In Cooper-Snell Co. v. State of New York (193 App. Div. 192; revd., 230 N.Y. 249) a different statute was under consideration as is pointed out by Judge CRANE. The Enabling Acts are not vital to the claimant's recovery here, for if there was an appropriation of land, both the notice of intention to file claim and the claim itself were apparently seasonably filed, but these acts show the intent of the Legislature to deal justly with persons whose lands are appropriated.Summary of this case from American Woolen Co. v. State of New York
July 6, 1920.
John C. Wait [ Howard G. Wilson of counsel], for the appellant.
Charles D. Newton, Attorney-General [ J.L. Cheney, Deputy Attorney-General, of counsel], for the respondent.
I think it was not necessary to refile these claims to comply with the provisions of the act of 1918 (Laws of 1918, chap. 603). The claims were on file when the act took effect and have remained on file with the Court of Claims. This, as it seems to me, is a substantial compliance with the act and accords with the reasoning of KELLOGG, P.J., in Rogers v. State of New York ( 184 App. Div. 340).
The Court of Claims refused to open the default upon the sole ground that it did not have jurisdiction to determine the same, because the claims were not refiled within six months after the act of 1918 took effect. The prevailing opinion of that court concedes that a case was made out to open the default. It seems to me that the learned court put too strict a construction upon the act. (See 109 Misc. Rep. 96.)
While the act requires these claims to be filed with the Court of Claims within six months from the time the act takes effect, there is nothing in the act which provides for refiling, if, in fact, the claim was already on file at the time the act took effect, and no good reason is suggested, as it seems to me, why such refiling should be required.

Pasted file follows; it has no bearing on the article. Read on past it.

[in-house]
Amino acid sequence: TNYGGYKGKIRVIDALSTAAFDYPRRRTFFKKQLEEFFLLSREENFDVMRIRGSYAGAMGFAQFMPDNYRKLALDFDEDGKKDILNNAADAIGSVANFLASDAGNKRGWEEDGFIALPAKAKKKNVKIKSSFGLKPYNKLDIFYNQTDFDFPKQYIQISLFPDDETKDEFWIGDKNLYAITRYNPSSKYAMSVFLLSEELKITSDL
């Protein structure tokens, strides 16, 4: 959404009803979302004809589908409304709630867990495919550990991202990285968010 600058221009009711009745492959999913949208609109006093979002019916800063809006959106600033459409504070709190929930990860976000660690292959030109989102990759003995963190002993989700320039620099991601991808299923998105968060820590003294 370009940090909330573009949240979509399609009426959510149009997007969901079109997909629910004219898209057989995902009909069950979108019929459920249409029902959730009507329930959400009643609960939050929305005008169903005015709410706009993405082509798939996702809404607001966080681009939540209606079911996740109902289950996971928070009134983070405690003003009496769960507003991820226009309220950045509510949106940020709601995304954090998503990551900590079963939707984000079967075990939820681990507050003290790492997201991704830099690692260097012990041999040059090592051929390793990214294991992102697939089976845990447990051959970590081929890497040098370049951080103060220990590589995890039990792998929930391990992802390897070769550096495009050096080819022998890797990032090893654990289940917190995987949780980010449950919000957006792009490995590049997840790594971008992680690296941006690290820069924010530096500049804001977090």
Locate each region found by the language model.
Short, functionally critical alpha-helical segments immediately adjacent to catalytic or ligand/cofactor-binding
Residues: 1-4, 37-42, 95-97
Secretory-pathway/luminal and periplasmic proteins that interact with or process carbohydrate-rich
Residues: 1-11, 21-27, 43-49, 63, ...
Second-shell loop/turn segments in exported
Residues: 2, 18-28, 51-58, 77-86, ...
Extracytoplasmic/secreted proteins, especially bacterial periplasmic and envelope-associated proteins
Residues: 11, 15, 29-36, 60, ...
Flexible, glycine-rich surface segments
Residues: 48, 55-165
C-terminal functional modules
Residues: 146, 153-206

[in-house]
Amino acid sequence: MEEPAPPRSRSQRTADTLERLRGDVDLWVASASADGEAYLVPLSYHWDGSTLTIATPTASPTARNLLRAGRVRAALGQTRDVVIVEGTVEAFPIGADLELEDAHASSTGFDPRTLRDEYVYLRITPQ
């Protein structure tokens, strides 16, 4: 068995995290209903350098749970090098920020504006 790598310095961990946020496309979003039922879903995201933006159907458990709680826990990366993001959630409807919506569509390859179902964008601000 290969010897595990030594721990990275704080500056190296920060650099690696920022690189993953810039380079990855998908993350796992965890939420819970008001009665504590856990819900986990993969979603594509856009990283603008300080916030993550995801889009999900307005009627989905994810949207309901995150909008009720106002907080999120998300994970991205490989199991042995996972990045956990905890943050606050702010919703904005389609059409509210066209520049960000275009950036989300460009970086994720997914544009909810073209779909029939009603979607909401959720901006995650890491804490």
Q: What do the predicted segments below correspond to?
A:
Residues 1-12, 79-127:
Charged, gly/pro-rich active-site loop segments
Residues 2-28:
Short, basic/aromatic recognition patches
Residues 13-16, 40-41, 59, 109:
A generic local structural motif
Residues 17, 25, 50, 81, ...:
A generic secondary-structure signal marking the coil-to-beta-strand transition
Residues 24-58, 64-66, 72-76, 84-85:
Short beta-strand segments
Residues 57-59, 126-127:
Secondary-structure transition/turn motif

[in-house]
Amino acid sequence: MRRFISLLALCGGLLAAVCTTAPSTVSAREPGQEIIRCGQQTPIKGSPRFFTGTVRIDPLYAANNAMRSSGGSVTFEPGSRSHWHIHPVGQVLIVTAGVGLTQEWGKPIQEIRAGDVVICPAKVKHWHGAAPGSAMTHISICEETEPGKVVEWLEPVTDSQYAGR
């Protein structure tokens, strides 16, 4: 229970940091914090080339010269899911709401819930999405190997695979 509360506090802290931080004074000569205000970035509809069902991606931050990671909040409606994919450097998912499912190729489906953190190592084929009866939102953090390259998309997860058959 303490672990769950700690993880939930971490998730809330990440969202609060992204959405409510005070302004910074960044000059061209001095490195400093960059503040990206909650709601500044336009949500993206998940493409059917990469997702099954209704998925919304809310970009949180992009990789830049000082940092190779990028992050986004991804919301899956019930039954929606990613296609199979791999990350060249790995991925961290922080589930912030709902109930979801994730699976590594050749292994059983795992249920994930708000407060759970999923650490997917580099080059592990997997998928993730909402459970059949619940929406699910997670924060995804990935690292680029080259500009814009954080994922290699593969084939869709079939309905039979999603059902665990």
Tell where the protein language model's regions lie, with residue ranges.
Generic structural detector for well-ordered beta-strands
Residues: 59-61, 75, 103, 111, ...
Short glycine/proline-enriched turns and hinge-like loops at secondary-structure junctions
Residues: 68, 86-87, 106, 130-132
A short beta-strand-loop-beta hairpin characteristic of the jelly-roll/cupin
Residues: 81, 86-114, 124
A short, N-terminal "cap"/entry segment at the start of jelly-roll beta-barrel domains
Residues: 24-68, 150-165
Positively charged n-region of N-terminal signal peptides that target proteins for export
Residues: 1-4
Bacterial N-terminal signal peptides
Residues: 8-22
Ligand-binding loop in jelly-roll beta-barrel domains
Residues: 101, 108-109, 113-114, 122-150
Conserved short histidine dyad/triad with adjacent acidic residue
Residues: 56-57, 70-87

The order denying the application to open the default and for an order setting aside and vacating the dismissal should be reversed, with ten dollars costs, besides disbursements on this appeal, and the application should be granted.
All concur, except DE ANGELIS and CLARK, JJ., who dissent in an opinion by CLARK, J.
The claimant in May and June, 1914, presented two claims against the State for extra work and for damages, the claims growing out of highway improvement contracts in Herkimer county, upon which the full contract price had been paid.
Notice of one claim, No. 1549A, was filed May 5, 1914, but more than two years after the completion of the work under the contract in connection with which this claim arose. Notice of the other claim, No. 1688A, was filed June 20, 1914, but more than two years after the completion of the work under the contract in connection with which this claim arose.
No notice of intention was filed in either case as provided for by section 264 of the Code of Civil Procedure.
The claims were placed on the calendar of the Court of Claims for the Utica term, and were dismissed on motion of the Attorney-General, January 6, 1919, the claimant not appearing to prosecute the claims, and the court holding that it was without jurisdiction to hear them.
Claimant appeals from the order of January 6, 1919, dismissing the claims, and also from the order of December 3, 1919, denying its motion for an order vacating the order of January 6, 1919, dismissing said claims.
It is the contention of claimant that the Court of Claims had jurisdiction to hear these claims by the express provisions of chapter 603 of the Laws of 1918, urging that these claims having been once filed, a refiling was not necessary within six months from the time that act took effect.
These claims grew out of two contracts for highway improvement in Herkimer county, one of which was completed and accepted February 14, 1912, and the other January 28, 1912, and these claims for extra work and damages accrued on these dates respectively. One of these claims was filed May 5, 1914, and the other was filed June 20, 1914, there having been no notice of intention to file in either case, as required by section 264 of the Code of Civil Procedure.